Even with a new editor-in-chief, the ‘fashion bible’ continues its love affair with blue skin for their covers. Are they publishing in Pandora?
There is something about blue that editors-in-chief of Vogue SG love. And the ardour must be expressed on the top page of the magazine. For his debut issue, Desmond ‘Monkiepoo’ Lim, who shared the image on Instagram, put an alien on the cover. The humanoid being, named Faye, has not embraced earthly aesthetic conventions although she is ready to partake in one temporal joy: food. She has on make-up that Neytiri on the moon Pandora would call cultural appropriation. Jake Scully would be so peeved, he’d return to earth, thinking the Resources Development Administration was up to something here and that the Na’vi race—indigenous to Pandora—would, again, be under attack so that the RDA could subjugate the moon-dwellers. The blue face is somehow here on our island, at least one of them is. She is among us. And Vogue SG is happy to put her on their cover. The first creature from outer space to grace the magazine in its longer-than-a-century-old history—and among all 27 editions.
A fashion stylist asked us if this is STB’s doing, an early cover to promote next year’s Chingay parade. Why have we not thought of that? The main blurb reads “roots”. Could this be a look at a time when we were costumed. Or, is this tracing back to a genesis that we know not of? Were we a people dressed like the Sakaarans on the trash planet created by the un-aged Grandmaster? According to Marvel, Sakaar “is the collection point for all lost and unloved things”. Is Vogue SG positioning themselves as this assemblage spot? We looked at all the Asian Vogue covers this month—nine of them (we love Vogue Korea’s and Hong Kong’s). None had a model hued blue. We stand out! Are the other Asian EICs laughing at us? Or are they full of admiration, just as they might be with our city-state for being one of the richest countries in the world. This, however, isn’t the title’s first blue-skin cover. On the issue of last May/June, a woman with blue hands and nails partially covered her face. It looked like she was taking a break from working her hands in a vat of indigo dye all day. The fashion message missing then is still lost now.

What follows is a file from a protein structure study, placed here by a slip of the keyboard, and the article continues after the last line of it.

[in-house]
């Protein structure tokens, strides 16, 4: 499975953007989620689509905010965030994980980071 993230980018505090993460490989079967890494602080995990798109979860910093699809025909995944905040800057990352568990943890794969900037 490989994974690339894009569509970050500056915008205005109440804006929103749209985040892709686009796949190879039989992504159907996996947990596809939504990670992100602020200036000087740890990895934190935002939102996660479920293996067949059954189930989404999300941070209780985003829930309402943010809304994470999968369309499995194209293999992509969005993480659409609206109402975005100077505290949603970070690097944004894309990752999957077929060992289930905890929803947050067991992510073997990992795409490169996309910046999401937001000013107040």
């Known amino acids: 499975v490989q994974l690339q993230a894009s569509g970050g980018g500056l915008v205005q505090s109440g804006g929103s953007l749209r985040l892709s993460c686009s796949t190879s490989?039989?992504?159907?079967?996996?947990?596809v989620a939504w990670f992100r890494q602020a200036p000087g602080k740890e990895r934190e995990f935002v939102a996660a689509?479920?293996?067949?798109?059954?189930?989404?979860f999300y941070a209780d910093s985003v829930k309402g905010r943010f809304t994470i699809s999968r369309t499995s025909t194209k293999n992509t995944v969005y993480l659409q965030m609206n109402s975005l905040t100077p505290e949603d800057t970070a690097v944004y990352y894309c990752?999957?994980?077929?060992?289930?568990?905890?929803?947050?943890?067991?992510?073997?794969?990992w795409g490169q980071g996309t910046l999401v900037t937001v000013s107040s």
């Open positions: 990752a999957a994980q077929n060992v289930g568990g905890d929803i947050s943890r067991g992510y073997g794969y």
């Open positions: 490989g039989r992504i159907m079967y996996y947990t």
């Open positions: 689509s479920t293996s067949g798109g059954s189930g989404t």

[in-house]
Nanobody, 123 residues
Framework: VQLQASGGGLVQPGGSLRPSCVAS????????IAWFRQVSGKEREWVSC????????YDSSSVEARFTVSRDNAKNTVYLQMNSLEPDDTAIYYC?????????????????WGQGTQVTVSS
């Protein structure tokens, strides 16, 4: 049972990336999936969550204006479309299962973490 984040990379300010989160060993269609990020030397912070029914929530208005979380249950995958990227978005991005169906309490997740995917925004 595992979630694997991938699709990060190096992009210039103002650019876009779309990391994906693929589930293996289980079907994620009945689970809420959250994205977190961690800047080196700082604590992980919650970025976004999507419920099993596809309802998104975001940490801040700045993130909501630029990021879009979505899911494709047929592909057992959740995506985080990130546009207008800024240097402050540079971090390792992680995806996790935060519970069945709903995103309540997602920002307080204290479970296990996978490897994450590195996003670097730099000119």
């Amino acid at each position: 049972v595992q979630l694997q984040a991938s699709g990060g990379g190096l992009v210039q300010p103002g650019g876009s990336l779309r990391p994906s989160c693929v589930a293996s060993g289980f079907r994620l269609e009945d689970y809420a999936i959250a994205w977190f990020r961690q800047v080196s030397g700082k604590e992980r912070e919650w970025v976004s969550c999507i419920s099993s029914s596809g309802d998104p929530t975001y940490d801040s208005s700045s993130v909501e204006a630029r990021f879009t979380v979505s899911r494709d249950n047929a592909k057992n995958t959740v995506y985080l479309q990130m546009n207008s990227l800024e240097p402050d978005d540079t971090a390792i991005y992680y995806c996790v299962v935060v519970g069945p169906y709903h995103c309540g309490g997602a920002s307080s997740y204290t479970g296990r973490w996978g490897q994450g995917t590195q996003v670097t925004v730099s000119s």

Someone said to us that Vogue SG is reaching out to a new generation. And which might that be? Cerulean children? The latest cover does tell us that the issue is themed “fashion meets AI revolution”. The image is created by the intelligence that is artificial and cold. Vogue SG has been pro-technology and likes illustrating how digital means can be employed to manipulate the images it uses to communicate to the weary, the blasé, and the aloof, and to induce them to buy a copy of the magazine. In tandem with the rise of ChatGPT, the title and its EIC are, perhaps, showing the world that it is truly ahead of the digital curve. But, if there is one thing this cover proves, AI is yet to be better than human touch. Curiously, rather than make a boast of the talents we have here, Mr Lim chooses to work with a Mumbai-based AI artist. Perhaps this ties with his desire to “return to our ‘Roots’ and rediscover who we truly are as South East Asians” (India is not part of SEA), as he declared on IG. And discover we tried, but it has been futile. Besides, what are the chalk-green biscuits on the table? Are they part of our “roots”, too?
Yesterday afternoon, despite the heavy rain, we made a trip to Kinokuniya to get a copy of the magazine. We thought it deserved a quick perusal. Not a copy was seen on the rack. Instead, piles of the last issue, “Renewal”, were there, waiting to be removed and replaced. We returned to the bookstore again this afternoon, and once more, the cover of non-indigenous Faye’s blue visage couldn’t be seen (nor the other two that are part of a triumvirate of covers for this month). We asked a staff if the store was expecting a delivery. She told us she’d check. When she returned, she was extremely apologetic: “the only copy we have is this,” she pointed to the crumpled, stale issue. Do you know when the magazine will arrive? “Oh, I won’t know. We are not notified beforehand.” It is late for a March/April issue, isn’t it? “Yes, it is,” she replied sympathetically. “They are always like that.”
Update (5 March 2023): Vogue SG is still not available on the newsstands, five days after EIC Desmond Lim shared the photo of the cover on IG
Photo: Zhao Xiangji